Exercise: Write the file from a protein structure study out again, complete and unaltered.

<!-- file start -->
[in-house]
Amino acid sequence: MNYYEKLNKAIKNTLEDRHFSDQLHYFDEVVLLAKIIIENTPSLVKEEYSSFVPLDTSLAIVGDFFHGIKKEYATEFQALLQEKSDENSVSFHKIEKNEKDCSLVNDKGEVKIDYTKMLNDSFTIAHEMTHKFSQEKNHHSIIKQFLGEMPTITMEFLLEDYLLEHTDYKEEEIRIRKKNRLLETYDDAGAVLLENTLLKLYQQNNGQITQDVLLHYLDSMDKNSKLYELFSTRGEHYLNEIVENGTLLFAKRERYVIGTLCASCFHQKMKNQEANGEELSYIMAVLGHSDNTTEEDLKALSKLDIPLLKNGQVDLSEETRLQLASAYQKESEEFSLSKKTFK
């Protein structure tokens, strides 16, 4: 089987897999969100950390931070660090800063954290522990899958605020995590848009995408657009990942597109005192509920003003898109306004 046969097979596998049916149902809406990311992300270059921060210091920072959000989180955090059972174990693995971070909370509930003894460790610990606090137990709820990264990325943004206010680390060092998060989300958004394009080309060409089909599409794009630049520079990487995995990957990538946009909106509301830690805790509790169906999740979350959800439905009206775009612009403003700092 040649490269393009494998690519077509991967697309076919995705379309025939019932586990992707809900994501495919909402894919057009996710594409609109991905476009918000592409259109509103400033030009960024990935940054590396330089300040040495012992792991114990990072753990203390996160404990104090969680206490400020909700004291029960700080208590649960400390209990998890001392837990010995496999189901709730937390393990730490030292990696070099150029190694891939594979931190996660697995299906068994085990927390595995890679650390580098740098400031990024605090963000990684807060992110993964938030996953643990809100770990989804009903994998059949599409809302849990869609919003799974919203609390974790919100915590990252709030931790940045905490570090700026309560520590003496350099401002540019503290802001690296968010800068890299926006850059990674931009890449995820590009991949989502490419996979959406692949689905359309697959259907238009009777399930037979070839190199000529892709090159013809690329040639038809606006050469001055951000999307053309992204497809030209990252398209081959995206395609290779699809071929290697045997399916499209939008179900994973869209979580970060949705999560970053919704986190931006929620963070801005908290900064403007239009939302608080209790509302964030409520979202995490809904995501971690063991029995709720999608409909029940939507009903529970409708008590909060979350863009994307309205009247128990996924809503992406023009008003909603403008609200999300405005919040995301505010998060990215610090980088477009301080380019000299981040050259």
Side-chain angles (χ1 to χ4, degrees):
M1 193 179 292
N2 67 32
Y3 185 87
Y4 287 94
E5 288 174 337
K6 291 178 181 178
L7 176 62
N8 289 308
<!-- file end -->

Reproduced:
[in-house]
Amino acid sequence: MNYYEKLNKAIKNTLEDRHFSDQLHYFDEVVLLAKIIIENTPSLVKEEYSSFVPLDTSLAIVGDFFHGIKKEYATEFQALLQEKSDENSVSFHKIEKNEKDCSLVNDKGEVKIDYTKMLNDSFTIAHEMTHKFSQEKNHHSIIKQFLGEMPTITMEFLLEDYLLEHTDYKEEEIRIRKKNRLLETYDDAGAVLLENTLLKLYQQNNGQITQDVLLHYLDSMDKNSKLYELFSTRGEHYLNEIVENGTLLFAKRERYVIGTLCASCFHQKMKNQEANGEELSYIMAVLGHSDNTTEEDLKALSKLDIPLLKNGQVDLSEETRLQLASAYQKESEEFSLSKKTFK
């Protein structure tokens, strides 16, 4: 089987897999969100950390931070660090800063954290522990899958605020995590848009995408657009990942597109005192509920003003898109306004 046969097979596998049916149902809406990311992300270059921060210091920072959000989180955090059972174990693995971070909370509930003894460790610990606090137990709820990264990325943004206010680390060092998060989300958004394009080309060409089909599409794009630049520079990487995995990957990538946009909106509301830690805790509790169906999740979350959800439905009206775009612009403003700092 040649490269393009494998690519077509991967697309076919995705379309025939019932586990992707809900994501495919909402894919057009996710594409609109991905476009918000592409259109509103400033030009960024990935940054590396330089300040040495012992792991114990990072753990203390996160404990104090969680206490400020909700004291029960700080208590649960400390209990998890001392837990010995496999189901709730937390393990730490030292990696070099150029190694891939594979931190996660697995299906068994085990927390595995890679650390580098740098400031990024605090963000990684807060992110993964938030996953643990809100770990989804009903994998059949599409809302849990869609919003799974919203609390974790919100915590990252709030931790940045905490570090700026309560520590003496350099401002540019503290802001690296968010800068890299926006850059990674931009890449995820590009991949989502490419996979959406692949689905359309697959259907238009009777399930037979070839190199000529892709090159013809690329040639038809606006050469001055951000999307053309992204497809030209990252398209081959995206395609290779699809071929290697045997399916499209939008179900994973869209979580970060949705999560970053919704986190931006929620963070801005908290900064403007239009939302608080209790509302964030409520979202995490809904995501971690063991029995709720999608409909029940939507009903529970409708008590909060979350863009994307309205009247128990996924809503992406023009008003909603403008609200999300405005919040995301505010998060990215610090980088477009301080380019000299981040050259």
Side-chain angles (χ1 to χ4, degrees):
M1 193 179 292
N2 67 32
Y3 185 87
Y4 287 94
E5 288 174 337
K6 291 178 181 178
L7 176 62
N8 289 308